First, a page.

"No," Thorin interrupted. He would never tell either of them not to protect one another with their lives, but Kili couldn't expect his brother to be there to defend him all the time. "You did well today. But there will always be people who want to hurt you, and if you let them know they've succeeded, they'll never stop. I expect you both to stand up for yourselves and not show weakness."
Kili whispered "I'm sorry, Uncle," so quietly Thorin almost didn't hear him.
"I'm not angry with you. He should never have dared to harm you like that. Next time anyone does –"
"Next time, kick him between the legs and run," Fili advised. Thorin felt an elbow bump the back of his head as Fili reached over to stroke his brother's hair. "Or just bite him," he added darkly. "You're good at biting."
Kili sighed, folded an arm across the top of Thorin's head, and rested his cheek on it. Thorin suspected he was sucking his thumb again – a habit he was much too old to be indulging, and one they'd meant to break him of long ago, but this was hardly the time for scolding. Besides, they were nearly home.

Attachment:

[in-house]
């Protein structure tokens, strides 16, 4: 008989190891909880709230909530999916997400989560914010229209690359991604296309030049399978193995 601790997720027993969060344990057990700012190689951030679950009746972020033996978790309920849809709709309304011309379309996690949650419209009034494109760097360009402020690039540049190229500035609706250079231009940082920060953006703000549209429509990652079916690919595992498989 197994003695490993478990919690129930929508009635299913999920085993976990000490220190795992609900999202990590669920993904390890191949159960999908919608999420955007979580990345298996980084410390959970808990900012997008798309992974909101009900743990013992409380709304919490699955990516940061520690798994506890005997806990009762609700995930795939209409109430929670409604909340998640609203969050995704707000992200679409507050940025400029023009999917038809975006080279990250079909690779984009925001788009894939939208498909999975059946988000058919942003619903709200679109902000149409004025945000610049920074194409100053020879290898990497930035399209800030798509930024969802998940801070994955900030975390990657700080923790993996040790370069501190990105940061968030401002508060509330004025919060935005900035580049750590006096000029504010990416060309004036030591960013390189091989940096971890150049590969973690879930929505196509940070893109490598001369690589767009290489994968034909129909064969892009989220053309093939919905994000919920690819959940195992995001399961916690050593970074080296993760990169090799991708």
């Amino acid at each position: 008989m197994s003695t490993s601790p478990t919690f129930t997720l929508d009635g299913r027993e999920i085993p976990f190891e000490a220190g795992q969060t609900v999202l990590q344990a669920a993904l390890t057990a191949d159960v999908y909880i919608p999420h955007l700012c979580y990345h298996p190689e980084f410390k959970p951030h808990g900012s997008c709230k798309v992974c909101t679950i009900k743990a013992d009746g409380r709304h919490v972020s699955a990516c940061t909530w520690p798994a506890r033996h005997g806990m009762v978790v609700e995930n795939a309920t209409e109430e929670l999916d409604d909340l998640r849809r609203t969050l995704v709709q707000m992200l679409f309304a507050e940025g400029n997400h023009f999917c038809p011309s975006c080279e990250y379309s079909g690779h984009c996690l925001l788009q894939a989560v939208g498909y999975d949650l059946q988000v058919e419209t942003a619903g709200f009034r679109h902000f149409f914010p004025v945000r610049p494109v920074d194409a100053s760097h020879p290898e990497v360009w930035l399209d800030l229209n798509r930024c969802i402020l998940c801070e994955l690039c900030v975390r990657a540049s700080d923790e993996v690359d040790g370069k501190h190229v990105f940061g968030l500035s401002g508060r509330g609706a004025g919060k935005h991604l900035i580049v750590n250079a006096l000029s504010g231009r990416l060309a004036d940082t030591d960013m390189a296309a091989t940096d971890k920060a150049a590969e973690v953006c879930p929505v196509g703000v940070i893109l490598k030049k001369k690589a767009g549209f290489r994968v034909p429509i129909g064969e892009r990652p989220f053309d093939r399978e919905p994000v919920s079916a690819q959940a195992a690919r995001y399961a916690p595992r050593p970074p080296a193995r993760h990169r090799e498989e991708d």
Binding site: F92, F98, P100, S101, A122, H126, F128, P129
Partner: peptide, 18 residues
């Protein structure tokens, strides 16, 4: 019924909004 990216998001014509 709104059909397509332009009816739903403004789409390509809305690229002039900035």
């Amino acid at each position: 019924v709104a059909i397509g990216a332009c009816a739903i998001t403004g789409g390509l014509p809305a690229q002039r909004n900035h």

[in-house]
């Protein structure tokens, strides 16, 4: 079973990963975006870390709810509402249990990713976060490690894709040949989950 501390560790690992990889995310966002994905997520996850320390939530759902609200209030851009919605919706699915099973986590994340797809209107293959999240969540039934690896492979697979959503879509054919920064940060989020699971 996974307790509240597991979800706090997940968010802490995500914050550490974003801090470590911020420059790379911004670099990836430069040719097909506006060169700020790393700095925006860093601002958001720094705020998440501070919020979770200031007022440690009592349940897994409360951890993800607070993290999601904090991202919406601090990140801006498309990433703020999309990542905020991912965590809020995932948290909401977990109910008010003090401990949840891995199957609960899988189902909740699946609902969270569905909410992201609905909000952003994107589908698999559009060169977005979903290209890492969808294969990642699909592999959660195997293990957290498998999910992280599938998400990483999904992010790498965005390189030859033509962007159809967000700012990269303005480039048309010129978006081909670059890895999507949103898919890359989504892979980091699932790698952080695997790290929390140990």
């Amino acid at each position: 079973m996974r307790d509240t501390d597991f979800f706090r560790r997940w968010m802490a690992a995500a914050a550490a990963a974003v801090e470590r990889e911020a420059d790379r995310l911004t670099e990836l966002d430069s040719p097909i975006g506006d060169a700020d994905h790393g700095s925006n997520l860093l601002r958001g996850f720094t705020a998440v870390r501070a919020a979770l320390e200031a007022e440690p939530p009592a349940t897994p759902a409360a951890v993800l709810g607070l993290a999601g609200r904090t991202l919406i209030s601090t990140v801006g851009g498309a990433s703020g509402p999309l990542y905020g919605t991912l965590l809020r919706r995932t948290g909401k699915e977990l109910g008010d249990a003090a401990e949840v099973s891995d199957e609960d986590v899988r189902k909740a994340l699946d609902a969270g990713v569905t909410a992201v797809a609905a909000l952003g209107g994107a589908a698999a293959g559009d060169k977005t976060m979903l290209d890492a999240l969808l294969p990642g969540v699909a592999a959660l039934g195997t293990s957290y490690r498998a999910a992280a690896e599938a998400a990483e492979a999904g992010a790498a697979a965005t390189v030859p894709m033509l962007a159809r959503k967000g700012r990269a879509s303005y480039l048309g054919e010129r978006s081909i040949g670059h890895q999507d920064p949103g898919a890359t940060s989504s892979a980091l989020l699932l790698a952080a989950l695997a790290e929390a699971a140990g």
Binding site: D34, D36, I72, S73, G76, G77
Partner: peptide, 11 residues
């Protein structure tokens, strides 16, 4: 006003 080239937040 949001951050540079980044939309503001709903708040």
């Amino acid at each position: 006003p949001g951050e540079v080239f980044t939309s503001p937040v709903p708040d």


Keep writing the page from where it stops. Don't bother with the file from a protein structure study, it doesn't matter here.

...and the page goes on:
They'd hardly crossed the threshold when Fili began squirming to be let down. Thorin set him on his feet, shoulder grateful for the reprieve, and the boy hesitated for a moment before running off to the little bedroom he shared with his brother. Kili, on the other hand, just clung harder, so Thorin shifted him down to his hip, held him there as he stoked the fire. If he was honest with himself, he wasn't quite ready to let go either. But Kili was snuffling again, and Thorin was at a loss for how to comfort him. He shifted his nephew a bit higher and quietly said, "You are descended from kings, Kili, and you may yet be a king yourself someday. Never forget that."
"I'm not gonna be king," Kili mumbled, face buried in Thorin's shoulder. "Fili's gonna be king."
"If something happens to your brother, the duty will fall to you."